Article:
What’s your superpower?
I’ve always been really good at cleaning up cables. Under desks, behind TVs, wherever. I’m kind of an organization freak, and I hate looking at them when they’re messy, so I use little Velcro wraps everywhere.
We had standing desks at my last job, and one of my teammates had a chow chow that would run through all the hanging cables and almost knock down our monitors. I couldn’t take it. I finally went around and cleaned up the cables on every desk in the office.
What’s the worst advice you ever followed?
When I was maybe 13, I dropped my cell phone in a lake, and my uncle’s friend told me to put it in the microwave to dry it off. I knew better, but I’d been talking to a girl and I was really desperate to text her back, so I did it. Of course it exploded. I never took advice from that guy again.
What’s your spirit animal?
Any guy who still wears a puka shell necklace. I don’t own one myself, but you gotta give zero Fs if you’re still sporting one of those bad boys. I feel very connected to people who aren’t shy about themselves.
Tell us about a book that had a big impact on you.
I remember reading Siddhartha by Herman Hesse when I was in high school and thinking, “Holy crap, you can have a girlfriend and be a badass and do whatever you want, and still be a good, holy person.” That was so different from the other coming-of-age stories I’d read, where it seemed like everyone was either a terrible person or they could do no wrong. Siddhartha was right in between. It kind of freed me to feel like I could screw up, or do things other people might not agree with, as long as I believed I was doing the right thing.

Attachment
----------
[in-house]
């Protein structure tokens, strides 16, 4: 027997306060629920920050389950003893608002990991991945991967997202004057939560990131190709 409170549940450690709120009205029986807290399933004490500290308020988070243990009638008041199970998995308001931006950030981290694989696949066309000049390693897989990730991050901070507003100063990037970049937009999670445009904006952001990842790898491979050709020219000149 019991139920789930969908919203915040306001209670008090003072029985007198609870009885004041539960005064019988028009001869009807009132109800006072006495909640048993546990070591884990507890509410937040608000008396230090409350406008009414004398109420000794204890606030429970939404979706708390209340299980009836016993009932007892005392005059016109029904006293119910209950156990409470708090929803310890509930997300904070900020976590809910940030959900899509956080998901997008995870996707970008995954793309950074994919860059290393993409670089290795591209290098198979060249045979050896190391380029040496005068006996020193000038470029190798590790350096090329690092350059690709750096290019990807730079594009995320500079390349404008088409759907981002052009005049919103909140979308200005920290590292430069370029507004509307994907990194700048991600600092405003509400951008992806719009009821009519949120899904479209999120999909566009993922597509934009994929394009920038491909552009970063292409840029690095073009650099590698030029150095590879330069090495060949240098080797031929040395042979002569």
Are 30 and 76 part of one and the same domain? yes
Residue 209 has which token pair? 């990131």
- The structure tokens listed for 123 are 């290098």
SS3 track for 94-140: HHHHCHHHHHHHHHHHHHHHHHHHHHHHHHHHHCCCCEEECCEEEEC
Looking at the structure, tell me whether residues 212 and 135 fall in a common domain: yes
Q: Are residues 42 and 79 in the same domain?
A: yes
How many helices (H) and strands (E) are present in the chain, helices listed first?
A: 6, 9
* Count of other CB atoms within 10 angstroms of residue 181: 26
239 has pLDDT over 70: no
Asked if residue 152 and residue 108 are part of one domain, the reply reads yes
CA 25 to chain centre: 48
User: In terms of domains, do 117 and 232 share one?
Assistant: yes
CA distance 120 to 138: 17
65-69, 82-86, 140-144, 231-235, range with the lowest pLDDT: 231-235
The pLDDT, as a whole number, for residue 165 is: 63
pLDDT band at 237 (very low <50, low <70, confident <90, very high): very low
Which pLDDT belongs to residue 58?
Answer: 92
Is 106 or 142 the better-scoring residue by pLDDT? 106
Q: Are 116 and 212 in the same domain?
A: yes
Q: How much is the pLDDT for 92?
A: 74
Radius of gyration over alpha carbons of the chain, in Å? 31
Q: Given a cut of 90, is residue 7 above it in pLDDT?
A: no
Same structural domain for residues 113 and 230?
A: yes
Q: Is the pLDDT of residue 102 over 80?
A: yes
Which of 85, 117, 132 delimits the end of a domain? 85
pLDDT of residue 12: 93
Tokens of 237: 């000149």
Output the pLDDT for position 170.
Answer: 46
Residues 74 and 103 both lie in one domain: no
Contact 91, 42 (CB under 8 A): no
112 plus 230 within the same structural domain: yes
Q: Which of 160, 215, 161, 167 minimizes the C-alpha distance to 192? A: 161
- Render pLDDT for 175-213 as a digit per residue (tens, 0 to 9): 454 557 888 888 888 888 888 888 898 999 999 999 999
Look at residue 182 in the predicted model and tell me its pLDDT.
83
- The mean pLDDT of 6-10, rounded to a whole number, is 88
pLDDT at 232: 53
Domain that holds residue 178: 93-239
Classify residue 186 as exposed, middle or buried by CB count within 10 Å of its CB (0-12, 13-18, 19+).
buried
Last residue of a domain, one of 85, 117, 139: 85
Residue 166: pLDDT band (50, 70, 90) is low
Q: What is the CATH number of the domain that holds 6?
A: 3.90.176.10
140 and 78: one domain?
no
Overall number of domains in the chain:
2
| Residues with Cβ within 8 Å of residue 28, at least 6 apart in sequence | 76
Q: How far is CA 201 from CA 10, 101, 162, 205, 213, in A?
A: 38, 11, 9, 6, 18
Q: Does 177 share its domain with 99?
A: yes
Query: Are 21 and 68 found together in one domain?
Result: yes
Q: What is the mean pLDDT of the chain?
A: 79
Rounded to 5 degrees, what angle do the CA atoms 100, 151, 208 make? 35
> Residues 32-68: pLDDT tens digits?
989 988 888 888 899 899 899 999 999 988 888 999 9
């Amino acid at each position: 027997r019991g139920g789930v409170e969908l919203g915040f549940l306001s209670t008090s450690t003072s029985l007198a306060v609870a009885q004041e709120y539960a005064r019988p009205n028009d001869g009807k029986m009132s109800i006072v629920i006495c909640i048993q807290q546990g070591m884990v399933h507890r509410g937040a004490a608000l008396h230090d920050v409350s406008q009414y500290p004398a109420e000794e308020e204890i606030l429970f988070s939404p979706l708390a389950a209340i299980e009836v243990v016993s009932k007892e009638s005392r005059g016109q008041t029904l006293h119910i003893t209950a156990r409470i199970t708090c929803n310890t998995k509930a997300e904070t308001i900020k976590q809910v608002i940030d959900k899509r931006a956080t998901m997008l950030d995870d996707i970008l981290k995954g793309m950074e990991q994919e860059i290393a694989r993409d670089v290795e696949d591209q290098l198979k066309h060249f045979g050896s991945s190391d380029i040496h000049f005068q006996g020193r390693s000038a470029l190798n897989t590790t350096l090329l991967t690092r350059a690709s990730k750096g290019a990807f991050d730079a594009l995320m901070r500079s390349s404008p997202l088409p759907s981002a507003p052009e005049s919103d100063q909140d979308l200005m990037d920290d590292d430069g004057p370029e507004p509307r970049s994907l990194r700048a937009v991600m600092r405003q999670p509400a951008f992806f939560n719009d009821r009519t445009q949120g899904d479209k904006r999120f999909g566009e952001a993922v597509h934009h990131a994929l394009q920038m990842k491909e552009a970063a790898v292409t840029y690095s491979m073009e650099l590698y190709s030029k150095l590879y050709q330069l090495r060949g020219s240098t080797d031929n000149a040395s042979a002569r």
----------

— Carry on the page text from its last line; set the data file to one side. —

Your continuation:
If you could interview one person, living or dead, who would it be?
GG Allin. He was this punk overlord who did all kinds of disgusting, unhealthy things. It would be fascinating to have a conversation with someone like that, who’s so out of their mind that they believe they own your children. I don’t know if I would even ask him questions. I think I’d simply say, “Tell me a secret” And then let him yell at me.
What unpopular opinion do you hold?
I think The Rock sucks. I don’t see the appeal. I do like some GIFs of faces he made in the WWE, though.
What’s your next adventure?
Right now I’m traveling through Latin America, which has been my dream for a long time, and I hope to hop around down here all year. But the real next adventure for me is buying a house. Both of my brothers are buying homes in Philadelphia, and it feels like my natural next step — even though settling down is scary when you like life on the road!